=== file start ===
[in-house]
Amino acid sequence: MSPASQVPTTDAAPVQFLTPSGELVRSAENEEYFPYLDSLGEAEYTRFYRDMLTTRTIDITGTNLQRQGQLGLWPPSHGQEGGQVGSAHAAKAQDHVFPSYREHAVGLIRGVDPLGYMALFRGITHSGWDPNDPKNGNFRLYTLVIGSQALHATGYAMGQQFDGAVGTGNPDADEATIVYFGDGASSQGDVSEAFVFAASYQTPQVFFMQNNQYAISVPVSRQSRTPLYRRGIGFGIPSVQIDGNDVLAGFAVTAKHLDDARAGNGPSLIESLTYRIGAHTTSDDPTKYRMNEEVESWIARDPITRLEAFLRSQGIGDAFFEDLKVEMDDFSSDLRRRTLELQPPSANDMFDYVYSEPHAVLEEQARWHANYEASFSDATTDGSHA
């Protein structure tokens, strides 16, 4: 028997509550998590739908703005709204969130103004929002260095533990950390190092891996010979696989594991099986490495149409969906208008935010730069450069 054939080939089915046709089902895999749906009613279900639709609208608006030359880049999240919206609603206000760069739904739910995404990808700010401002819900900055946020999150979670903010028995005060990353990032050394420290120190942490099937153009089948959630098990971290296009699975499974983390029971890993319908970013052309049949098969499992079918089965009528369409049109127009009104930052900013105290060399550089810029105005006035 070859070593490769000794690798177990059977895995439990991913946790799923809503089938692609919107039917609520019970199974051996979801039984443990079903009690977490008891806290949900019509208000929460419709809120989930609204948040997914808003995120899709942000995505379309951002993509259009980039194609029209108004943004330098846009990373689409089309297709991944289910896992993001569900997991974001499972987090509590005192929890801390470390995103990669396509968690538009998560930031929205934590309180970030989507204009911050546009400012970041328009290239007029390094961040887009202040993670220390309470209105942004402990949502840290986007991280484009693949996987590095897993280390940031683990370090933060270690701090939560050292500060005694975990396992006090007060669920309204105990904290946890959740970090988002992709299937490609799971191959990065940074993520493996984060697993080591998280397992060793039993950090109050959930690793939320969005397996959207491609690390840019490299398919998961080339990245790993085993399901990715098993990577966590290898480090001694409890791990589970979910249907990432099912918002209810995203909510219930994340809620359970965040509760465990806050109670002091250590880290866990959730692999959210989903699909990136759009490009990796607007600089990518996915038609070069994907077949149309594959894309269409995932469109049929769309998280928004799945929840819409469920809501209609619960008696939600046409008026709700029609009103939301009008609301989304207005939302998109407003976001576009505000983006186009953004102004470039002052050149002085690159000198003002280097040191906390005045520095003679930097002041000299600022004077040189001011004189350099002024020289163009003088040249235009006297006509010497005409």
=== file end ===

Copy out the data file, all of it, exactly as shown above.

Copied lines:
[in-house]
Amino acid sequence: MSPASQVPTTDAAPVQFLTPSGELVRSAENEEYFPYLDSLGEAEYTRFYRDMLTTRTIDITGTNLQRQGQLGLWPPSHGQEGGQVGSAHAAKAQDHVFPSYREHAVGLIRGVDPLGYMALFRGITHSGWDPNDPKNGNFRLYTLVIGSQALHATGYAMGQQFDGAVGTGNPDADEATIVYFGDGASSQGDVSEAFVFAASYQTPQVFFMQNNQYAISVPVSRQSRTPLYRRGIGFGIPSVQIDGNDVLAGFAVTAKHLDDARAGNGPSLIESLTYRIGAHTTSDDPTKYRMNEEVESWIARDPITRLEAFLRSQGIGDAFFEDLKVEMDDFSSDLRRRTLELQPPSANDMFDYVYSEPHAVLEEQARWHANYEASFSDATTDGSHA
């Protein structure tokens, strides 16, 4: 028997509550998590739908703005709204969130103004929002260095533990950390190092891996010979696989594991099986490495149409969906208008935010730069450069 054939080939089915046709089902895999749906009613279900639709609208608006030359880049999240919206609603206000760069739904739910995404990808700010401002819900900055946020999150979670903010028995005060990353990032050394420290120190942490099937153009089948959630098990971290296009699975499974983390029971890993319908970013052309049949098969499992079918089965009528369409049109127009009104930052900013105290060399550089810029105005006035 070859070593490769000794690798177990059977895995439990991913946790799923809503089938692609919107039917609520019970199974051996979801039984443990079903009690977490008891806290949900019509208000929460419709809120989930609204948040997914808003995120899709942000995505379309951002993509259009980039194609029209108004943004330098846009990373689409089309297709991944289910896992993001569900997991974001499972987090509590005192929890801390470390995103990669396509968690538009998560930031929205934590309180970030989507204009911050546009400012970041328009290239007029390094961040887009202040993670220390309470209105942004402990949502840290986007991280484009693949996987590095897993280390940031683990370090933060270690701090939560050292500060005694975990396992006090007060669920309204105990904290946890959740970090988002992709299937490609799971191959990065940074993520493996984060697993080591998280397992060793039993950090109050959930690793939320969005397996959207491609690390840019490299398919998961080339990245790993085993399901990715098993990577966590290898480090001694409890791990589970979910249907990432099912918002209810995203909510219930994340809620359970965040509760465990806050109670002091250590880290866990959730692999959210989903699909990136759009490009990796607007600089990518996915038609070069994907077949149309594959894309269409995932469109049929769309998280928004799945929840819409469920809501209609619960008696939600046409008026709700029609009103939301009008609301989304207005939302998109407003976001576009505000983006186009953004102004470039002052050149002085690159000198003002280097040191906390005045520095003679930097002041000299600022004077040189001011004189350099002024020289163009003088040249235009006297006509010497005409």